One of the joys of Esperanza’s lawns is the amazing number of things that grow in them: lawn grass, of course, other grasses, sedges,violets, bluets, mosses (including sphagnum moss), escaping spring bulbs such as scilla, snowdrops, trout lilies, etc, pussy-toes, daisies, and on and on.  The variety runs throughout the summer.

Now, I will admit that a pure, emerald green carpet has a definite elegance.  The west lawn is primarily such a lawn, running smoothly down the slope to the west below the apple trees.  I might point out that, being as it faces west, it also nicely shows off the low light angles of sunset.  Said low angles make green lawns even greener.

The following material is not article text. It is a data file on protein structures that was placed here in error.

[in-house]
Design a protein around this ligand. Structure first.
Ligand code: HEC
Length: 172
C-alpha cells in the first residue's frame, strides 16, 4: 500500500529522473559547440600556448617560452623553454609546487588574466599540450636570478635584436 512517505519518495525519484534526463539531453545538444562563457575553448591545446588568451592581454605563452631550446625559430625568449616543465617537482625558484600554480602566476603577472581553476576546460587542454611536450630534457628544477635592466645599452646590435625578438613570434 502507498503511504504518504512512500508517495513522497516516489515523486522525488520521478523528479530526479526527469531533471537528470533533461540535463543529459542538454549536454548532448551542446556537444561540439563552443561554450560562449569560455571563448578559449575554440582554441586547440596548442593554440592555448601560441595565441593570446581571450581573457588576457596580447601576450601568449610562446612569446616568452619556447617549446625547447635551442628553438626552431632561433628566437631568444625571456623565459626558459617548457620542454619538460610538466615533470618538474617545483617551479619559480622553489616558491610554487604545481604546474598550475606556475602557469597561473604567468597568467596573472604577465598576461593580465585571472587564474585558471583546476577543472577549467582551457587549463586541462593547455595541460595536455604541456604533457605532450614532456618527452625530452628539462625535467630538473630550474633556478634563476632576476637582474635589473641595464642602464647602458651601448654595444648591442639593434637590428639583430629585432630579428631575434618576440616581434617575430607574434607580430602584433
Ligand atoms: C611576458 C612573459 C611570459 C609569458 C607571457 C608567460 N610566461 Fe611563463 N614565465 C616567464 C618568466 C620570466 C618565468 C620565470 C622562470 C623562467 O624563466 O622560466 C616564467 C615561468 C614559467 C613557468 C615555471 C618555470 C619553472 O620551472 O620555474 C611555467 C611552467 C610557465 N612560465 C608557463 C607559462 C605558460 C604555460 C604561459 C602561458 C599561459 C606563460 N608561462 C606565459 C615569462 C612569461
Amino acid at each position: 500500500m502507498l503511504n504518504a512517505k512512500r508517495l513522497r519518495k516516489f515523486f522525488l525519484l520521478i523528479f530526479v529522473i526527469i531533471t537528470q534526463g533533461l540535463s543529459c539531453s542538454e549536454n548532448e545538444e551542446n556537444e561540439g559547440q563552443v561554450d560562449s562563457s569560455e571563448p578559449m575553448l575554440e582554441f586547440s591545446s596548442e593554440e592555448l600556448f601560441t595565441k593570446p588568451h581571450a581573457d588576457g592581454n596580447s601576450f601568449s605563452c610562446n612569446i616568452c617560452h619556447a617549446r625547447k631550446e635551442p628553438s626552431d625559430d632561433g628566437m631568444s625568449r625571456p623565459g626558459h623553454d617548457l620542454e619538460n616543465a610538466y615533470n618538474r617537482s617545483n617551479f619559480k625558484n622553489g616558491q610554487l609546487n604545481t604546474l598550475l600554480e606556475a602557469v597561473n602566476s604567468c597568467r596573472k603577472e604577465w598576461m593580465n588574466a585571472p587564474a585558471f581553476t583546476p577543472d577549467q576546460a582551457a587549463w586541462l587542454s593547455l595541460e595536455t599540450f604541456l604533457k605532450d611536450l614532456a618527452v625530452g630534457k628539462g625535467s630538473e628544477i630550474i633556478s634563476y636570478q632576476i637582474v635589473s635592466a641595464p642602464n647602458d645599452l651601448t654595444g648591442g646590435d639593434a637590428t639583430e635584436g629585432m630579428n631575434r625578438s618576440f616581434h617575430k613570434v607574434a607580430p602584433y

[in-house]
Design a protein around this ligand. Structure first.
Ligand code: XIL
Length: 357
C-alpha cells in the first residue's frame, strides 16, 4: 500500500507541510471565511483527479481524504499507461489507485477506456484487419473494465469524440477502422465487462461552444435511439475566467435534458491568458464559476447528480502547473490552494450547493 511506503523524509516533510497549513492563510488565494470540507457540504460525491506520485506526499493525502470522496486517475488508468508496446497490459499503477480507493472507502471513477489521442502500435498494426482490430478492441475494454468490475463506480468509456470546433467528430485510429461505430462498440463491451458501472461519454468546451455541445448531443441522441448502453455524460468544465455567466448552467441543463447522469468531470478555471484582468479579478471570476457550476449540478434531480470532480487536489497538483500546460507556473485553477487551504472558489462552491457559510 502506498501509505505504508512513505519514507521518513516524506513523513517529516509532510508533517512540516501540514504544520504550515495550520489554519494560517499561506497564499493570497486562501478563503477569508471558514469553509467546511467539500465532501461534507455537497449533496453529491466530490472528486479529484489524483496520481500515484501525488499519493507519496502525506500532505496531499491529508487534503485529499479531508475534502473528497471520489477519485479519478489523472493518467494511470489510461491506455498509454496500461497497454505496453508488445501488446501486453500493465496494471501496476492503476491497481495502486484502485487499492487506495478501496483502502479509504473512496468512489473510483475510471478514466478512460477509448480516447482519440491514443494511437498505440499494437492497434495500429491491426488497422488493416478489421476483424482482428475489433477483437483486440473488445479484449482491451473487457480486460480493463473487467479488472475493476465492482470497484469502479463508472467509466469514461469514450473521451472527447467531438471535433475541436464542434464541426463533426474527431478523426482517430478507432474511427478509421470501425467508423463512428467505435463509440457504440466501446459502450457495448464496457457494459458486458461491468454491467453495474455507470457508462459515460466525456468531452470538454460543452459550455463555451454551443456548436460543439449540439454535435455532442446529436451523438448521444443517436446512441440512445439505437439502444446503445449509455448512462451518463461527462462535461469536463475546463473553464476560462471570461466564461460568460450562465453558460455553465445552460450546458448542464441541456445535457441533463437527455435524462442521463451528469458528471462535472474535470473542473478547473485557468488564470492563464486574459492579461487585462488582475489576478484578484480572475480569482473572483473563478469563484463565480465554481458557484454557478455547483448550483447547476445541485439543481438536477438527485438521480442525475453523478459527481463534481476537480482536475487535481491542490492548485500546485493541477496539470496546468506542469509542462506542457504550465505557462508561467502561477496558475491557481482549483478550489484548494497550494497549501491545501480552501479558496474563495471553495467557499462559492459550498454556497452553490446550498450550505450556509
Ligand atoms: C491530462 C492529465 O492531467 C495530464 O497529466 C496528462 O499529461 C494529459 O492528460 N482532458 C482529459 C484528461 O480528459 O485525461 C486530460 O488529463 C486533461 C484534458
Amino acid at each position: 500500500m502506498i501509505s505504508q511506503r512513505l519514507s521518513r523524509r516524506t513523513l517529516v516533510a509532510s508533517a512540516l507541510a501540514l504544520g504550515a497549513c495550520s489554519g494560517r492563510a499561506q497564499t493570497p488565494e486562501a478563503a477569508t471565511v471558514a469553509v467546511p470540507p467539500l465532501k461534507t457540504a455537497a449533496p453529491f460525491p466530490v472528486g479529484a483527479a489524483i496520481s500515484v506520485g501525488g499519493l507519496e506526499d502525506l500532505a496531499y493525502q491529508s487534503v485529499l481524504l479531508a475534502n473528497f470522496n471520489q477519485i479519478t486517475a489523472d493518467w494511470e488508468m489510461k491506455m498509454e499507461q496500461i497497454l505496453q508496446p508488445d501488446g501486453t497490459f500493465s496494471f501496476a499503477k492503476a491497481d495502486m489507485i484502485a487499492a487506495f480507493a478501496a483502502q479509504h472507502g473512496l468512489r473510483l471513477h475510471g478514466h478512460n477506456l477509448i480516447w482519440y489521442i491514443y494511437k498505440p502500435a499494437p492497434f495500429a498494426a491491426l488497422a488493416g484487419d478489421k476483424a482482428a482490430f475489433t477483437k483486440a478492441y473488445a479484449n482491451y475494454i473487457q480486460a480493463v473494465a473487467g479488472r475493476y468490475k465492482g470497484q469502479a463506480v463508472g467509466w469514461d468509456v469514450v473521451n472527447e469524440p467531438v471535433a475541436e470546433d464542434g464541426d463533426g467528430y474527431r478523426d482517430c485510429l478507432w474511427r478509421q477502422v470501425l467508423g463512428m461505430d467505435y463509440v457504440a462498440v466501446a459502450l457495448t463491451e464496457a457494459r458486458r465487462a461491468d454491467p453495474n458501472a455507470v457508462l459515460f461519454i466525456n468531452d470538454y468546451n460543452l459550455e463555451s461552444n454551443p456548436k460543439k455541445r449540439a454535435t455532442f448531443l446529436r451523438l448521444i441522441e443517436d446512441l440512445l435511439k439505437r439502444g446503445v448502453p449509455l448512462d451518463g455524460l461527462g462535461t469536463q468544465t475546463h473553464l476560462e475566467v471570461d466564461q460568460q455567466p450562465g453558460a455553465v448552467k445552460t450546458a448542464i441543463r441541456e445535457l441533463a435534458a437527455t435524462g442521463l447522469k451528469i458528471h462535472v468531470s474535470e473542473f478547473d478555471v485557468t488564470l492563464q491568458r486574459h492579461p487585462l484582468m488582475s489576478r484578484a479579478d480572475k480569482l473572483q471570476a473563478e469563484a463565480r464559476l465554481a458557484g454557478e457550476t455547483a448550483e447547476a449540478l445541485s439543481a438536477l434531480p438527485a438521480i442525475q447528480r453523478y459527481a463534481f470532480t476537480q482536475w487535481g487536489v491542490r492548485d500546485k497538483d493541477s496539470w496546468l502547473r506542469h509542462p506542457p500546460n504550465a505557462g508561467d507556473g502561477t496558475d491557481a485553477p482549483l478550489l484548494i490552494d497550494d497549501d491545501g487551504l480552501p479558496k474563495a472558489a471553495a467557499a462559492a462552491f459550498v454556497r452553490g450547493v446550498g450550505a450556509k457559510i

So, there is a place for such showpieces.  But, three-quarters of our lawn is not that.  It is this fascinatingly diverse array, perhaps a bit out of hand in some areas, I will confess, making mowing a bit hard.  Still one can look for hours at the plants and animals in it.  I easily do so now, and (perhaps even more importantly) I easily did so as a child.

What child is going to be interested in the perfect green carpet? Yes, it makes an ideal place to play On (as the west lawn is ideal for rolling down) but not a place to be absorbed by, to play In.  I’m not particularly good with little children, I’ll freely confess.  But, still it seems to me, that our modern astro-turf lawn must be a very boring playground with little to stimulate the imagination, in comparison to even the simple clovers, mosses, and dandelions that we exterminate with such vigor.  Where are the leprechauns, the lions, the mysterious toadstools with their caterpillars and gnomes? Where is the wild bank of thyme in its eternal breeze?